Late rally gives Blue Jays series-opening win
Encarnacion's RBI double makes the difference after Rogers shines
ARLINGTON -- The sample size is still incredibly small, but Esmil Rogers is starting to prove that he might have what it takes to become a reliable member of the rotation.
If that ends up being the case, a lot of his success likely will be tied to the addition of a sinker to his repertoire. He recently added the two-seamer, and the results have been positive, and almost instantaneous.
Rogers went to his sinker early and often against Texas on Thursday night en route to seven strong innings of work, then Edwin Encarnacion's late two-run double gave the Blue Jays a 3-1 win at the Rangers Ballpark in Arlington.
"He used to only throw four-seamers, and fastballs weren't something you were too worried about, because it was pretty straight," catcher J.P. Arencibia said. "Since he has been able to add a little bit of movement on it, he has been able to get guys off the heater, and he has really good breaking stuff, too."
It remains to be seen how Rogers will hold up when the league adjusts to his new style of pitching, but the early results are at least encouraging. The sinker can be used in combination with his slider, curveball and occasional changeup to continuously give hitters a different look at the plate.
During Rogers' previous start, against the Rangers on June 7, he threw a lot of sliders. But when tasked with facing the same team in consecutive outings, he went for a completely different look, going almost exclusively with fastballs and curveballs while occasionally mixing in a changeup.
The 27-year-old recorded just one strikeout but otherwise dominated a powerful Rangers lineup en route to his second win of the season. He allowed just five hits and came within one out of matching his career high in innings pitched.
"I tried to use my sinker more, and I just threw inside, threw everywhere, to get the ground ball," said Rogers, who got 11 of his outs on the ground. "That's why I didn't get too many punchouts tonight, but I'm not going to think about that. I'm just thinking about getting the ground ball."
Rogers' only real mistake came in the second inning, when he surrendered a solo shot to Nelson Cruz. It came on a 3-2 count, and Cruz went the opposite way with a high fastball on the outer half of the plate.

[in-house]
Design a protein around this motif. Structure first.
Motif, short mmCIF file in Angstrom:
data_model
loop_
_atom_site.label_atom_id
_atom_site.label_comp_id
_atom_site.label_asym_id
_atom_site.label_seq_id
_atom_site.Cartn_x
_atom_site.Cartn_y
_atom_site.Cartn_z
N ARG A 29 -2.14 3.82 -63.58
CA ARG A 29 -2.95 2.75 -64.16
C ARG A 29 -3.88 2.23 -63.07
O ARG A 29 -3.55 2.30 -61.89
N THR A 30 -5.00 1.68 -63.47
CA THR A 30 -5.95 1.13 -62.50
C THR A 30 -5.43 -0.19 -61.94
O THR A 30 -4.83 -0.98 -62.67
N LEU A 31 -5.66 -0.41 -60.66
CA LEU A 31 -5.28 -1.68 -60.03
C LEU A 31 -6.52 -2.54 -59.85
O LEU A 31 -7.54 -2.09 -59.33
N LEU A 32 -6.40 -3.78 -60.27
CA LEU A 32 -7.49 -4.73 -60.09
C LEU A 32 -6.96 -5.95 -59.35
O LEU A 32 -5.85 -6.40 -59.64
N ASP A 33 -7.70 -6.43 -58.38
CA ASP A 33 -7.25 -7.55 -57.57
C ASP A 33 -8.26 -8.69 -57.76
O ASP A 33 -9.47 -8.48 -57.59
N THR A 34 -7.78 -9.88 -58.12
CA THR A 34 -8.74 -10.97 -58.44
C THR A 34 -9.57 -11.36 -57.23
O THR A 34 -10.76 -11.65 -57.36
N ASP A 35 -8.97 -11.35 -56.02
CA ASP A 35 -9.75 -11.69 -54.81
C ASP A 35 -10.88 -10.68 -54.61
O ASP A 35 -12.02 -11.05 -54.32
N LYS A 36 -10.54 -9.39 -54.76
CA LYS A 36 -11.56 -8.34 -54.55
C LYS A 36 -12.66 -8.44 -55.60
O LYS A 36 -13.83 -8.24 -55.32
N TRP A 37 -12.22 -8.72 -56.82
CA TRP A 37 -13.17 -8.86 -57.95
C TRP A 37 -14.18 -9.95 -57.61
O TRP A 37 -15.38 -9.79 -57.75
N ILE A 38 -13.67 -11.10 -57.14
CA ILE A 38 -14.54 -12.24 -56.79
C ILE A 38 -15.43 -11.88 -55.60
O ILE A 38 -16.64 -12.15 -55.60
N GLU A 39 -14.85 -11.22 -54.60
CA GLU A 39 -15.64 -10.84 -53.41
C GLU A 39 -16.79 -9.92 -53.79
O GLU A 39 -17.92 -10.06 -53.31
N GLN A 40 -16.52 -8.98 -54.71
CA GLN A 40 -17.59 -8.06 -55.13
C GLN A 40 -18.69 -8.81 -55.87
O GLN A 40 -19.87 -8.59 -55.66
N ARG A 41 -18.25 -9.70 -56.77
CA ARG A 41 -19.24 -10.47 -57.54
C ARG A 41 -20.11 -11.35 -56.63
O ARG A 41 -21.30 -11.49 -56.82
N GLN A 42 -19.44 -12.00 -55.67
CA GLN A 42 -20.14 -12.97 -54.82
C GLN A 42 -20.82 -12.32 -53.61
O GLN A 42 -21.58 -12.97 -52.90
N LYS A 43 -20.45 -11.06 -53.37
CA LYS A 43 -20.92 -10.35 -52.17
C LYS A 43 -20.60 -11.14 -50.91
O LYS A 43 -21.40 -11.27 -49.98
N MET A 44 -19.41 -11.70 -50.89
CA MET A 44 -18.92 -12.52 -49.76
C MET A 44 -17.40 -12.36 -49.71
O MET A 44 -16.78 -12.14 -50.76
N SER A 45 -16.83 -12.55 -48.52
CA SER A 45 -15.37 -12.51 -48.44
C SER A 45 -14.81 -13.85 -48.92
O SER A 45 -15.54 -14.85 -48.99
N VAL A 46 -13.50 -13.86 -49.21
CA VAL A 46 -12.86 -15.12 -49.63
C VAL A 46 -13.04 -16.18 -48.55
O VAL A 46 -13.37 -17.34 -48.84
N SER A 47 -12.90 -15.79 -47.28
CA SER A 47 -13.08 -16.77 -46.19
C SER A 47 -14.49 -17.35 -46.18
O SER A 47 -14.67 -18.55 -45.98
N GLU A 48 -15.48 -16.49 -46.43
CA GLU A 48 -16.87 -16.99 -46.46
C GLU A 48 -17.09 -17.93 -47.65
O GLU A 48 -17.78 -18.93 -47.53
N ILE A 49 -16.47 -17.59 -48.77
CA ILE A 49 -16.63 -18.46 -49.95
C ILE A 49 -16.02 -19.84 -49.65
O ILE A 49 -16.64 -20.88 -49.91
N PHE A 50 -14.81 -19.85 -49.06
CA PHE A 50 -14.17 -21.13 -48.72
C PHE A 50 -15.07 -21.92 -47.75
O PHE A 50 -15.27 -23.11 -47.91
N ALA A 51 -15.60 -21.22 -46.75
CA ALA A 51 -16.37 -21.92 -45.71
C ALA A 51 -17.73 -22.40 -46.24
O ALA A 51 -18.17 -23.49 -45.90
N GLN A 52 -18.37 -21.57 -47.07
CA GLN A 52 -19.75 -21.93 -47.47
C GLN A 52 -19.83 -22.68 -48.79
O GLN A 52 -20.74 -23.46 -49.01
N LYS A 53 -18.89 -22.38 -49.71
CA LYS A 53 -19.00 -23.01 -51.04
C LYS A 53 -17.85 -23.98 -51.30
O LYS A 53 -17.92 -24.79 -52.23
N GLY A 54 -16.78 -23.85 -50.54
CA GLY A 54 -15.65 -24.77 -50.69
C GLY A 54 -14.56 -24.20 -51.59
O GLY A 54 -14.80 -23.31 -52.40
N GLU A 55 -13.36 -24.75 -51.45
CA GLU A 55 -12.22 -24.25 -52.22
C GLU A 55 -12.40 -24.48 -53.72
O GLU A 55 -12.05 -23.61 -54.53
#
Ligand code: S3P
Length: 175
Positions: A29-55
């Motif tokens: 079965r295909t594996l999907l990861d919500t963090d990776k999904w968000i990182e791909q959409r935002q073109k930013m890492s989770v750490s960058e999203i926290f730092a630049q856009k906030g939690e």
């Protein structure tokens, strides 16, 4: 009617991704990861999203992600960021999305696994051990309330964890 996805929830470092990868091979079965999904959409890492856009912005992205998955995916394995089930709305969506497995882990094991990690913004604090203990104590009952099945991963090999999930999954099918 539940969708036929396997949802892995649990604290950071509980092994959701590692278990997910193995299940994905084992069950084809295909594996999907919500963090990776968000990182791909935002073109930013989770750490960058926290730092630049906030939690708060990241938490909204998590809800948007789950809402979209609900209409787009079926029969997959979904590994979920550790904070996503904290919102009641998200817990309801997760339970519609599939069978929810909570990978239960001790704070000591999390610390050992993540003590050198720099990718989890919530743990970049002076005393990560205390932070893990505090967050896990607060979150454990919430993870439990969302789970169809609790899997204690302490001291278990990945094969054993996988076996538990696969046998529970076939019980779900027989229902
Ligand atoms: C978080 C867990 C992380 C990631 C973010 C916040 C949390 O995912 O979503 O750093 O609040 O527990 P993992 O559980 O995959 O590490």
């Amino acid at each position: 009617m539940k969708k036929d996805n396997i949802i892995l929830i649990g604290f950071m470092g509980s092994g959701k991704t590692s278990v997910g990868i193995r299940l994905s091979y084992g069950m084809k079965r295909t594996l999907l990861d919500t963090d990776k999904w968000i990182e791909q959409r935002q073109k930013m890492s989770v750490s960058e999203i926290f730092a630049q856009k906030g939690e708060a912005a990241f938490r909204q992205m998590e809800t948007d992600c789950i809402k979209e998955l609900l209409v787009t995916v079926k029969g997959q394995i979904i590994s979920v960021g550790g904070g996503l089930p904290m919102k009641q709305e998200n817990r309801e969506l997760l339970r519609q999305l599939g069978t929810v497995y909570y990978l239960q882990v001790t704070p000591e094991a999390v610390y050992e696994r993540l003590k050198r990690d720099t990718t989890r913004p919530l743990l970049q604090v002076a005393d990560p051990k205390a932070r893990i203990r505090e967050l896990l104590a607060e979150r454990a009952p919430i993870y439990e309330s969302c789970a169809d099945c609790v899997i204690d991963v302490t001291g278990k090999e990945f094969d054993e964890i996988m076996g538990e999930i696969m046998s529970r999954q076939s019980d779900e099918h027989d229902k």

That didn't seem to faze Rogers at all, though, as he went on to face two batters over the minimum through his next 5 2/3 innings. He needed just 93 pitches to get through his seven innings and continues to build his arm strength after opening the season in the bullpen.
Rogers has now allowed two earned runs over his 14 1/3 innings as a starter. He has surrendered just 11 hits and four walks over that span, and -- at least for the time being -- is firmly entrenched in the rotation while right-hander Brandon Morrow remains on the disabled list with a sore right forearm.
"I think he located pretty well," Rangers third baseman Adrian Beltre said. "He did that in Toronto, and he did that again [tonight]. As bad as it sounds, you hate it as a hitter. The guy throws a pretty good sinker, slider and curveball. He threw me five or six pitches where the pitches were sometimes tough to hit."
Rangers starter Yu Darvish matched Rogers pitch for pitch and allowed just one run while striking out nine over his seven innings. It appeared as though that would be enough to at least stick Rogers with a no-decision, but that changed in the top of the eighth once the Texas ace had been removed from the game.
Emilio Bonifacio reached base to lead off the inning on an error by the normally surehanded Beltre at third. Bonifacio was eventually bunted to second, and he reached third on a groundout by Melky Cabrera.
Jose Bautista then walked to put runners on the corners with two outs for Encarnacion, who promptly came through with a first-pitch double to the gap in left-center off reliever Tanner Scheppers. Two runs scored on the 200th double of Encarnacion's career, which upped his number of RBIs on the season to 55.
"I was just looking for my pitch, a fastball," Encarnacion said. "He's a great pitcher, so I was looking for something in the strike zone, and I was aggressive right from the beginning."
The Blue Jays have now won six of their past nine contests. It's also the fifth time in those nine games that the outcome has been decided by two runs or fewer as the club continues to play in a lot of tight ballgames -- 36 of their 64 games this year fall into that category.